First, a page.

McLaren lose the sympathy vote in Suzuka

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The Independent Online

If It's Suzuka, it's bound to be controversial. Over the years the challenging Japanese track has seen more than its share of incidents which have shaped the destiny of world championships.

If It's Suzuka, it's bound to be controversial. Over the years the challenging Japanese track has seen more than its share of incidents which have shaped the destiny of world championships.

In 1989 the tensions between the McLaren team-mates Ayrton Senna and Alain Prost finally boiled over into a clumsy collision at the chicane which put the Frenchman out, and left the Brazilian with a damaged car. After a pit stop to change the nose, Senna raced back to catch and pass Alessandro Nannini and score a remarkable victory from which the FIA, the sport's governing body, subsequently disqualified him on the grounds that he did not rejoin the track in the correct manner.

A year later, Senna was still seething and was further incensed when the FIA denied him the right, as pole-winner, to start the race from the side of the track with the greater grip. He vowed that Prost, now driving for Ferrari, would not get round the first corner if he reached it in front of him. True to his threat, Senna decided the outcome of that year's title fight by driving into the back of the Ferrari and sending both into the gravel at 150 mph. It was a long way to go for less than a minute's racing.

By such standards, David Coulthard's deliberate blocking of Eddie Irvine and Michael Schumacher on Sunday was a spat in a kindergarten, but it was no less reprehensible. Time was, team orders amounted to Mercedes-Benz asking Juan Manuel Fangio to slow down in France in 1954, so that his team-mate Karl Kling could catch up and cross the line in formation to rub in the message that the Silver Arrows were back in business. Or Lotus tossing a coin in America in 1967 to see whether Jimmy Clark or Graham Hill would win at Watkins Glen. Fangio and Clark would be disgusted if they could see the tactics that have become a part of racing now.

On Saturday afternoon in Suzuka McLaren won sympathy for their handling of the FIA's decision that the Ferraris were not illegal after all in Malaysia, which reopened the championship chase. And for the dignity with which they reacted to the FIA's accusations that they had brought the sport into disrepute by complaining. Ron Dennis, the McLaren team chief, had explained their philosophy. "We believe firmly that both drivers should be allowed to race, because to run a team in any other way would be a sham," Dennis said in thinly veiled reference to the way in which everything at Ferrari is subjugated to Michael Schumacher's demands.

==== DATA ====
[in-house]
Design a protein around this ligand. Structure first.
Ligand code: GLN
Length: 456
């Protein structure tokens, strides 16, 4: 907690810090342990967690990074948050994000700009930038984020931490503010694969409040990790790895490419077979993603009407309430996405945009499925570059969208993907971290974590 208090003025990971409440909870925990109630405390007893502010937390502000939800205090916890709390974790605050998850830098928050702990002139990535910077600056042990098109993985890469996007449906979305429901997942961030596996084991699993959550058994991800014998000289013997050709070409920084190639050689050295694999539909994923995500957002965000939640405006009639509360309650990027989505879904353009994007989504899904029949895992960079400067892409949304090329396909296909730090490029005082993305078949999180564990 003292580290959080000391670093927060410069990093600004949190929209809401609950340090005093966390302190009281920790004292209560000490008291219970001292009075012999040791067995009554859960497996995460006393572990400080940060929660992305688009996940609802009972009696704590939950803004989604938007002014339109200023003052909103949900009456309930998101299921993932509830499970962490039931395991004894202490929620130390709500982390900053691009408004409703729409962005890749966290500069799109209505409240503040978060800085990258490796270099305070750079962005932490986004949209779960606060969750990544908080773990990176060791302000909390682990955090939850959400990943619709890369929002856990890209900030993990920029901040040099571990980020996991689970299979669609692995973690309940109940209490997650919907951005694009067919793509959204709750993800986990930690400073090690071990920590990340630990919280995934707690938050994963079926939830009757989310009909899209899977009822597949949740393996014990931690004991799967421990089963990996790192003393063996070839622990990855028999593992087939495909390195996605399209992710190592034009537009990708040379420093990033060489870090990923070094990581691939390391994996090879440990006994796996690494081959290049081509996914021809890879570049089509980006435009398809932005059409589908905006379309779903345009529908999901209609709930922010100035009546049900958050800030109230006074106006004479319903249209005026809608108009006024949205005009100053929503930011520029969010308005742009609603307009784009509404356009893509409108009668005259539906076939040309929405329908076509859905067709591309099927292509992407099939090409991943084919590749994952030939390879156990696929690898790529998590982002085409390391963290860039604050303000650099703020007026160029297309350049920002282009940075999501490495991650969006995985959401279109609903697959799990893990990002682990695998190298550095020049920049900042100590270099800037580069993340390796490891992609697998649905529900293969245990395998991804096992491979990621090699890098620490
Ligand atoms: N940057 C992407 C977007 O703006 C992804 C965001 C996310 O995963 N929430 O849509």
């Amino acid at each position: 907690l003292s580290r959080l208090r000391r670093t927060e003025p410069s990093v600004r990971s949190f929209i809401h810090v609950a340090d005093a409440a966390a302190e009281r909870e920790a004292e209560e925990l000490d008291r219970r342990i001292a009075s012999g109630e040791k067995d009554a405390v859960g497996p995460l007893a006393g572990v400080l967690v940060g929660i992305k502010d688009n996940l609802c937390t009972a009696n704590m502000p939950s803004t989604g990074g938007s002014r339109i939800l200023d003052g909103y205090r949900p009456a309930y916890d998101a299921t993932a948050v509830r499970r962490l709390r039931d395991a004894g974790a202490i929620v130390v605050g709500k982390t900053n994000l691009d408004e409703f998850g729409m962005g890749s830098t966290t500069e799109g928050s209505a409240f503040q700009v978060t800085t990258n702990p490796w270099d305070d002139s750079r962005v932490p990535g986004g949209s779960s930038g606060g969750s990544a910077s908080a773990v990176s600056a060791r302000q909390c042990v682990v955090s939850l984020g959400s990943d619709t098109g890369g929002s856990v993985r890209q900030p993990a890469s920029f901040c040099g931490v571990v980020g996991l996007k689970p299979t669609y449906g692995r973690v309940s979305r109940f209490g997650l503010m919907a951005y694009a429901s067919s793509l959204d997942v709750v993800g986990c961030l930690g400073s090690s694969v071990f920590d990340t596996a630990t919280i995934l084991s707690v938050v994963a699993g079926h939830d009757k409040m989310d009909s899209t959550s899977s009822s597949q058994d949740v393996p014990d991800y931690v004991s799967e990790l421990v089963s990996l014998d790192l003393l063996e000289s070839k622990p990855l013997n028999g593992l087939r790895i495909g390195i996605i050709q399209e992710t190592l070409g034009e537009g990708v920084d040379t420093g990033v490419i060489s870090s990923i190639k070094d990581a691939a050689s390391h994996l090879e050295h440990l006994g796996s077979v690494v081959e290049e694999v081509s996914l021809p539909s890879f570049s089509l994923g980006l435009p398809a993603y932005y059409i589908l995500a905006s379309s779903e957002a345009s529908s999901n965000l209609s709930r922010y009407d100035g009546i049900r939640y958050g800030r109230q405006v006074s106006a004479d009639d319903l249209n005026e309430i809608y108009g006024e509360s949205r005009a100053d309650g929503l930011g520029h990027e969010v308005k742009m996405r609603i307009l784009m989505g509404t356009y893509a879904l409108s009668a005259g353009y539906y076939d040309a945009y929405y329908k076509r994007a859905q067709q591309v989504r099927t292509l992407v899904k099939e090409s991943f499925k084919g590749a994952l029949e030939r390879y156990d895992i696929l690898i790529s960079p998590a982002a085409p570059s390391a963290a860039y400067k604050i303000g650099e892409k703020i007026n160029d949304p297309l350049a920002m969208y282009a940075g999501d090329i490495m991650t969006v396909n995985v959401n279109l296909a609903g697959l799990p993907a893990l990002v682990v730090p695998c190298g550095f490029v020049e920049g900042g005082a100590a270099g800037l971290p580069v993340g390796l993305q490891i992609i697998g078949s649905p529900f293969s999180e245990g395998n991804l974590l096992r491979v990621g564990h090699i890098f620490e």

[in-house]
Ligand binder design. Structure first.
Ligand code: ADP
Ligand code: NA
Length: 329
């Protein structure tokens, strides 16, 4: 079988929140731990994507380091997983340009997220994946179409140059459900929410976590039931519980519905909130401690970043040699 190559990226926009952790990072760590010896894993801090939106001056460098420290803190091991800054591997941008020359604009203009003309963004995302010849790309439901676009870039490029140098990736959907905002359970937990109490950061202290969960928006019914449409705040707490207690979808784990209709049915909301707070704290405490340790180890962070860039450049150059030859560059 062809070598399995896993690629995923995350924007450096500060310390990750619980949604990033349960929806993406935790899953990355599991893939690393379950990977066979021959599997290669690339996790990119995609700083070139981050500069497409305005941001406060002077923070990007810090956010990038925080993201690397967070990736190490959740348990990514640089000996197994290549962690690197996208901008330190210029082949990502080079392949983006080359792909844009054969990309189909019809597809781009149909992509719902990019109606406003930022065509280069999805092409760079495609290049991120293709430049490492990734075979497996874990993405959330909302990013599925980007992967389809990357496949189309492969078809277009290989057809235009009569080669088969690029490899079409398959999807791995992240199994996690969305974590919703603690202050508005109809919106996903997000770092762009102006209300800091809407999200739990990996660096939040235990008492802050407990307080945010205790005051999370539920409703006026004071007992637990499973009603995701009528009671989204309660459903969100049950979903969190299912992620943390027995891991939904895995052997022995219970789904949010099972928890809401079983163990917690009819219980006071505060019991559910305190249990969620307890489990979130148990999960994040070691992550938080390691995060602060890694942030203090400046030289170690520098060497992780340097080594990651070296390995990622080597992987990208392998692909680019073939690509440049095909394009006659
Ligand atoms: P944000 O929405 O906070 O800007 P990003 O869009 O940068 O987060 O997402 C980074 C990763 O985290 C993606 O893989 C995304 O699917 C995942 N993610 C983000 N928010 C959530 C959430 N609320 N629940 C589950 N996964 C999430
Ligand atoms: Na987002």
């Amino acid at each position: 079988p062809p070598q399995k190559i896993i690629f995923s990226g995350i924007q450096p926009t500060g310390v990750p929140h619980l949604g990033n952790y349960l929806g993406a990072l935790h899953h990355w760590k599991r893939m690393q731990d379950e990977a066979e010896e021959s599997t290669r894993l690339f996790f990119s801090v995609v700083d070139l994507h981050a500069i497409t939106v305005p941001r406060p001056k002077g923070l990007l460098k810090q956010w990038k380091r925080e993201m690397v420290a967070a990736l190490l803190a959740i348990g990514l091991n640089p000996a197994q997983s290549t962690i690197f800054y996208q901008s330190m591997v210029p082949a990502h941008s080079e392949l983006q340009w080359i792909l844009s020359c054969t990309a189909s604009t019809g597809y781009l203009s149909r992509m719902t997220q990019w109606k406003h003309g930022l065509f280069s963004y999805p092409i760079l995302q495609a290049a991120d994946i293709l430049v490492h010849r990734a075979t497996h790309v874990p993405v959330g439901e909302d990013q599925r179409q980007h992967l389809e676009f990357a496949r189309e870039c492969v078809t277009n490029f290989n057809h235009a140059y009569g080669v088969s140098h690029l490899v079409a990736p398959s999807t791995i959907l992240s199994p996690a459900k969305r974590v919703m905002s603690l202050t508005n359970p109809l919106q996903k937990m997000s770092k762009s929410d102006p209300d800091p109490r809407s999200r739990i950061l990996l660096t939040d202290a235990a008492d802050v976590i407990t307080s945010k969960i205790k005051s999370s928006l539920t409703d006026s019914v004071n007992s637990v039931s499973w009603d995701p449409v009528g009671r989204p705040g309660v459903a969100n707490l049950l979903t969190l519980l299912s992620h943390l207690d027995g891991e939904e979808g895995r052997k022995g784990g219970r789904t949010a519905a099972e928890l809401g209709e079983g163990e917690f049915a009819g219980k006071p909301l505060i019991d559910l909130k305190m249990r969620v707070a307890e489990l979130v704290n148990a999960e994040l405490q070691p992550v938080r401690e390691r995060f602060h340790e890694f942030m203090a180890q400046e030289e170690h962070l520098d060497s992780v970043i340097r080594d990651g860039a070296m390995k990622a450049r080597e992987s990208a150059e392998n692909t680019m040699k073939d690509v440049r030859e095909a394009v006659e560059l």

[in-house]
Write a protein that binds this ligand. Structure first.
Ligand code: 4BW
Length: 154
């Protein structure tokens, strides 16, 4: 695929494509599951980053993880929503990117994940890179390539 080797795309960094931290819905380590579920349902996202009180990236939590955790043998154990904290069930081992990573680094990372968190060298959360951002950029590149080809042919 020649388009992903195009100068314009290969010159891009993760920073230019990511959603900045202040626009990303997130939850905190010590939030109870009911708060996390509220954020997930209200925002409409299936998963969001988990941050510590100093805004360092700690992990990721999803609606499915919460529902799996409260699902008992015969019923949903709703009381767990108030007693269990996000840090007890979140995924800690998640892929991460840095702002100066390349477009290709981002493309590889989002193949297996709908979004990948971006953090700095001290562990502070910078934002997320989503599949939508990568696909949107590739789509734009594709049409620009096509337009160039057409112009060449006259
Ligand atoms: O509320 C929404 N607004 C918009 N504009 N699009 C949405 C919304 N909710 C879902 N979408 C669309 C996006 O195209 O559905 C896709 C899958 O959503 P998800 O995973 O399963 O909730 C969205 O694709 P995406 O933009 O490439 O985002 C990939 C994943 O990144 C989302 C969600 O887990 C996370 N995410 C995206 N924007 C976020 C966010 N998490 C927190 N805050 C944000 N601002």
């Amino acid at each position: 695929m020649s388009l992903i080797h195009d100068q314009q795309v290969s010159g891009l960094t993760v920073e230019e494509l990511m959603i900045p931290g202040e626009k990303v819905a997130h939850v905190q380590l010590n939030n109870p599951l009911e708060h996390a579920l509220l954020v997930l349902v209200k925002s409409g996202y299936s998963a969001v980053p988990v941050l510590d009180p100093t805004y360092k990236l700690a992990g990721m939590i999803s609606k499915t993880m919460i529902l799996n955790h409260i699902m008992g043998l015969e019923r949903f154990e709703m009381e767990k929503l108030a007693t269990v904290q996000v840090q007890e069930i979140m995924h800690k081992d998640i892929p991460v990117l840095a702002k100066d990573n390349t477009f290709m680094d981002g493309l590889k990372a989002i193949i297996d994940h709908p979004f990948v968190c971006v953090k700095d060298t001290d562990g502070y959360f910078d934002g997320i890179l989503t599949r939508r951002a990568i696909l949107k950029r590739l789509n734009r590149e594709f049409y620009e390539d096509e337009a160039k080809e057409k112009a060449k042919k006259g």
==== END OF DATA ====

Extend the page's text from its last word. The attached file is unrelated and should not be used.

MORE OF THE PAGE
Dennis also defended the decision to allow Coulthard to win in Belgium even though that might ultimately have cost Hakkinen the title that he clinched again on Sunday.

"Looking back," Dennis said, "the first thing we wouldn't have changed about our season was the result at Spa. No matter how it might have affected the final outcome. I still believe that our approach is the right one. With the benefit of hindsight, if David had won the Grand Prix of Europe he could still have been in contention here. I don't for a minute regret the outcome of that race.

"Our philosophy is that you need quality in a team, and it does not stop with having two strong drivers. It goes to the very fibre of your company, because you need highly motivated people from whom you are asking a lot more than to work a certain number of hours every day. Motor racing is not a job where you just earn a salary.

"You have to ask yourself: 'Are you prepared to win at all cost?' And our answer is no. We are not prepared to win at all costs. We think that there are ways to win, and our approach is consistent with that. It's nothing to do with arrogance, but just a different way to run a company. There are things that you are prepared to do, and things that you are not prepared to do."

It was therefore deeply surprising that McLaren instructed Coulthard to drop back and block Irvine so seriously during the race that he lost nearly 20 seconds. It was a tit-for-tat retaliation that was unnecessary, given that Irvine was in no position to worry Hakkinen, and reflected poorly on a team that everyone, apart from the governing body it would seem, had regarded as a paragon of sporting virtue.

Coulthard was clearly embarrassed by the episode but suggested that, since Ferrari started using the tactic in Malaysia, it has become part of the sport. But it is an element it can do without. "It's a part, for sure," Johnny Herbert, the Grand Prix of Europe winner, said, "but not something I'd ever let myself be forced to do." It is to Formula One what the sudden brake test is to normal motorists on the motorway, a thuggish practise that sooner or later leads to accidents.

Ever since the FIA came up with its 5mm tolerance which absolved Ferrari of blame in Malaysia, there have been calls from virtually every other team to have the technical rules overhauled. But if deliberate blocking has also become part of the racing driver's arsenal, it is clear that the sporting code is also in need of some serious surgery.

As Dennis himself said of Schumacher's tactics in Malaysia: "Just because it might make good television doesn't make it right." Neither does the "they started it first" argument. That is where the real disrepute lies.